Yeah...I second the Vinyl plug-in. I have used it on loops before with great success. It has settings for different types of records such as 33 1/3rds etc.

Jon Bufkin
http://www.jonbufkin.com
Jonathan Bufkin is offline   Reply With Quote
Old November 9th, 2006, 10:18 AM   #7
Inner Circle
 
Join Date: Sep 2002
Location: San Mateo, CA
Posts: 3,840
I've been googling for it, and can't seem to locate it. ANy links?
Richard Alvarez is offline   Reply With Quote
Old November 9th, 2006, 11:13 AM   #8
Inner Circle
 
Join Date: Mar 2005
Location: Hamilton, Ontario, Canada
Posts: 5,742
Quote:
Originally Posted by Richard Alvarez
I've been googling for it, and can't seem to locate it. ANy links?
http://www.izotope.com/products/audio/vinyl/

And the best part, it's free!
__________________
Good news, Cousins! This week's chocolate ration is 15 grams!
Steve House is offline   Reply With Quote
Old November 9th, 2006, 11:18 AM   #9
Wrangler
 
Join Date: Oct 2003
Location: DFW area, TX
Posts: 6,108
Images: 1
Quote:
Originally Posted by Zulkifli Yusof
Yea, you're right about it being mono instead of stereo. I'll make a note about dynamic range and rolling off the bass sounds. How do I "degrade" the quality of the recording though? Introduction of noise maybe (like scratches and hair on old films)?
If you get the Vinyl plug-in, it has some presets. Try 'attic treasure' and I think you'll be pleased with the results.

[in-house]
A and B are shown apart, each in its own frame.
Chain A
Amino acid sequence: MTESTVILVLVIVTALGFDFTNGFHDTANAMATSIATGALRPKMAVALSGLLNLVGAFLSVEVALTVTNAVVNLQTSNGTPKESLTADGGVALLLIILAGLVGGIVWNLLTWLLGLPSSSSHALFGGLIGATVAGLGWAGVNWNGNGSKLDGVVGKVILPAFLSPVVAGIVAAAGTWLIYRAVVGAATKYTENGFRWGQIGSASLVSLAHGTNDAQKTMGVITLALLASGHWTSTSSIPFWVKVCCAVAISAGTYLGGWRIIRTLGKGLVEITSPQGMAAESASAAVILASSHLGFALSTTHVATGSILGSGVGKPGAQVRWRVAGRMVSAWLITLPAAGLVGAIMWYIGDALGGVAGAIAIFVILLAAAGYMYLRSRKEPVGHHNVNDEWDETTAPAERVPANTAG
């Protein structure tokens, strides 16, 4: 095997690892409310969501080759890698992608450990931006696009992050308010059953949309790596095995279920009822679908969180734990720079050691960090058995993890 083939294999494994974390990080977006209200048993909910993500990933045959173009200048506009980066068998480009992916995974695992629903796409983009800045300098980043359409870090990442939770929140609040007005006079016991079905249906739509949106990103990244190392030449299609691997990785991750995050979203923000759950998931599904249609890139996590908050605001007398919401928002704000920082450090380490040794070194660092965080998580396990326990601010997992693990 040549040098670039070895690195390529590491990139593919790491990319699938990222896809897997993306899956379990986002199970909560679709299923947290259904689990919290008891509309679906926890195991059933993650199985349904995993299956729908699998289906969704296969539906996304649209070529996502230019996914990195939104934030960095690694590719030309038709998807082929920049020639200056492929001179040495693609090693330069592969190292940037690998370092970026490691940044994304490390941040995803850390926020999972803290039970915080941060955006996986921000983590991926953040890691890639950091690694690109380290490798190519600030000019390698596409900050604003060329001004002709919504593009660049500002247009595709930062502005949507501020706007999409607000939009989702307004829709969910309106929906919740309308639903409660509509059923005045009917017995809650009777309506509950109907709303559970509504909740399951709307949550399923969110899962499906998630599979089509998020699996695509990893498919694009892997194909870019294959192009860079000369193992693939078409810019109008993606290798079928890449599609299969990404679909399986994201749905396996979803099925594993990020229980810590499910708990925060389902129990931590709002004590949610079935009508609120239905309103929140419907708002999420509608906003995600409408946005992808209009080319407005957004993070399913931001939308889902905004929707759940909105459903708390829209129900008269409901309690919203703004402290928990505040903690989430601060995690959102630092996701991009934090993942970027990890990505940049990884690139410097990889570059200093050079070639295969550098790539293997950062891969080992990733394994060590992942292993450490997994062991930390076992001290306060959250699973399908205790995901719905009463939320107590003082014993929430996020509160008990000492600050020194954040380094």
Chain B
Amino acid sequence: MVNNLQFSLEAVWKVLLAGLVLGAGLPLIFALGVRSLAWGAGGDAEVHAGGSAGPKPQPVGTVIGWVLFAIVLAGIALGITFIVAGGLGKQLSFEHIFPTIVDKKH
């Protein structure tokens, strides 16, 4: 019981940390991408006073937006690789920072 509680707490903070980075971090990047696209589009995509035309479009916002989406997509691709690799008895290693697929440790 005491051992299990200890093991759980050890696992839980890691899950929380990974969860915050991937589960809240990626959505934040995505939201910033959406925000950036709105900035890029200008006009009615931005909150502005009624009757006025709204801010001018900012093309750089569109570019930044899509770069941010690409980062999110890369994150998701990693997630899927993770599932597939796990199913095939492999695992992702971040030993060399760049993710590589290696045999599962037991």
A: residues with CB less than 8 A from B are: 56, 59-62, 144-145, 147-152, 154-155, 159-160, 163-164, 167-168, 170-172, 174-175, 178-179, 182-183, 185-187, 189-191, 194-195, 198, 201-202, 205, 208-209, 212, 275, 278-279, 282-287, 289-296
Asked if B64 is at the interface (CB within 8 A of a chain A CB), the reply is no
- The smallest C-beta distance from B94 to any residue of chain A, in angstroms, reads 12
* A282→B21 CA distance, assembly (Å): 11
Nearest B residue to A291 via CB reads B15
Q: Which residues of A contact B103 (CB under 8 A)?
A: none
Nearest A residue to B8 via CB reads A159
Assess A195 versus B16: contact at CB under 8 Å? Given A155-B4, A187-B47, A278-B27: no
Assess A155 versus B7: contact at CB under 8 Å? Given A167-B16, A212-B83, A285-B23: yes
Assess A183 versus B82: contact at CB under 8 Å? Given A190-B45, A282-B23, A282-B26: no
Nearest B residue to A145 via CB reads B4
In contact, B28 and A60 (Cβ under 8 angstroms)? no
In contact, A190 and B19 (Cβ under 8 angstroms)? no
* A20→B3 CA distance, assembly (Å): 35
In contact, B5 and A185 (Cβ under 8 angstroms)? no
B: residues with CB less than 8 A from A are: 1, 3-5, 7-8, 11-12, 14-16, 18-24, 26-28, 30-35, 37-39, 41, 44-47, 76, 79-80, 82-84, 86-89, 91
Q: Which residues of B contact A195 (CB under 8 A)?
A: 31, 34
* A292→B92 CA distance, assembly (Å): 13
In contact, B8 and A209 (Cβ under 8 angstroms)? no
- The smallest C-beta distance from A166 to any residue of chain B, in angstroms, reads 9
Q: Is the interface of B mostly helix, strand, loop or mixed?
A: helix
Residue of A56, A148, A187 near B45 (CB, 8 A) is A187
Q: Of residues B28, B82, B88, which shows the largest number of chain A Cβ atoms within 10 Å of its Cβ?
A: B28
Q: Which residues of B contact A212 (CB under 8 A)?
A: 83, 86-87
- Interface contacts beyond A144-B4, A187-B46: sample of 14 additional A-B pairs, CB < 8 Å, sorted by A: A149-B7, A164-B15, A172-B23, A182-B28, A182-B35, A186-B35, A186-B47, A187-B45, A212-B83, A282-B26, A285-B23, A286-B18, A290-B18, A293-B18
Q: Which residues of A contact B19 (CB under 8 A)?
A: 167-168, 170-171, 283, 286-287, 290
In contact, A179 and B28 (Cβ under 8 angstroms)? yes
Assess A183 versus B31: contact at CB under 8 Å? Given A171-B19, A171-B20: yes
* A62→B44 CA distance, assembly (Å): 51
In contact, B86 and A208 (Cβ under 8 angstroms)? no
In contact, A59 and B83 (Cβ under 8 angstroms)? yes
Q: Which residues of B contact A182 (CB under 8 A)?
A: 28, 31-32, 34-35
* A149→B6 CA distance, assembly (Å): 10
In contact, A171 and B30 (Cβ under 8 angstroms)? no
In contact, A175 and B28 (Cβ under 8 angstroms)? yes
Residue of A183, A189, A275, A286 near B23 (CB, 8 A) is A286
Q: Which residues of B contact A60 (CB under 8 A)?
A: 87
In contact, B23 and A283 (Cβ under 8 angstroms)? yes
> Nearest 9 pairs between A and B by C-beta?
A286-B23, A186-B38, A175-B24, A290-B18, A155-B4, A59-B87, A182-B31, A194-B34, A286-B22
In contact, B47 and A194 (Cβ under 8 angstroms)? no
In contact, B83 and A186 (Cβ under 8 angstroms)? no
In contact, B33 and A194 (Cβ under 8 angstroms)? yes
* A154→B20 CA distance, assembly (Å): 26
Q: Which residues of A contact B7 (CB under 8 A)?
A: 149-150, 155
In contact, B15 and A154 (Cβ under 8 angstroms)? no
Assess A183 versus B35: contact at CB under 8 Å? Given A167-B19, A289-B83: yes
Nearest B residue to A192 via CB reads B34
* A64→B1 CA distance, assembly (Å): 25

-gb-
Greg Boston is offline   Reply With Quote
Old November 9th, 2006, 08:12 PM   #10
Inner Circle
 
Join Date: Nov 2004
Location: Baltimore, MD USA
Posts: 2,323
um, I'm not sure they used vinyl in the 1940s.

Ty Ford
Ty Ford is offline   Reply With Quote
Old November 9th, 2006, 09:44 PM   #11
Major Player
 
Join Date: Dec 2005
Location: Nevada City, California
Posts: 499
Some records from the 1940's were shellac on metal base or cardbord base. That plug in is kinda cool. I think it will make a more convincing 'phone filter' than my waves pre-set. I did almost blow my JBLs and my eardrums as I was playing with the vinyl scratch filter. Scratches were set like 75 db higher than signal. Ouch!
Glenn Davidson is offline   Reply With Quote
Old November 9th, 2006, 09:50 PM   #12
Wrangler
 
Join Date: Oct 2003
Location: DFW area, TX
Posts: 6,108
Images: 1
Quote:
Originally Posted by Ty Ford
um, I'm not sure they used vinyl in the 1940s.

Ty Ford
It was bakelite plastic. I have a collection of 78 rpm records here that my parents gave to me. Bakelite was a very common formulation in that era. That's also what telephones from that time frame were made of. It's a lot more brittle and prone to cracks than newer plastics.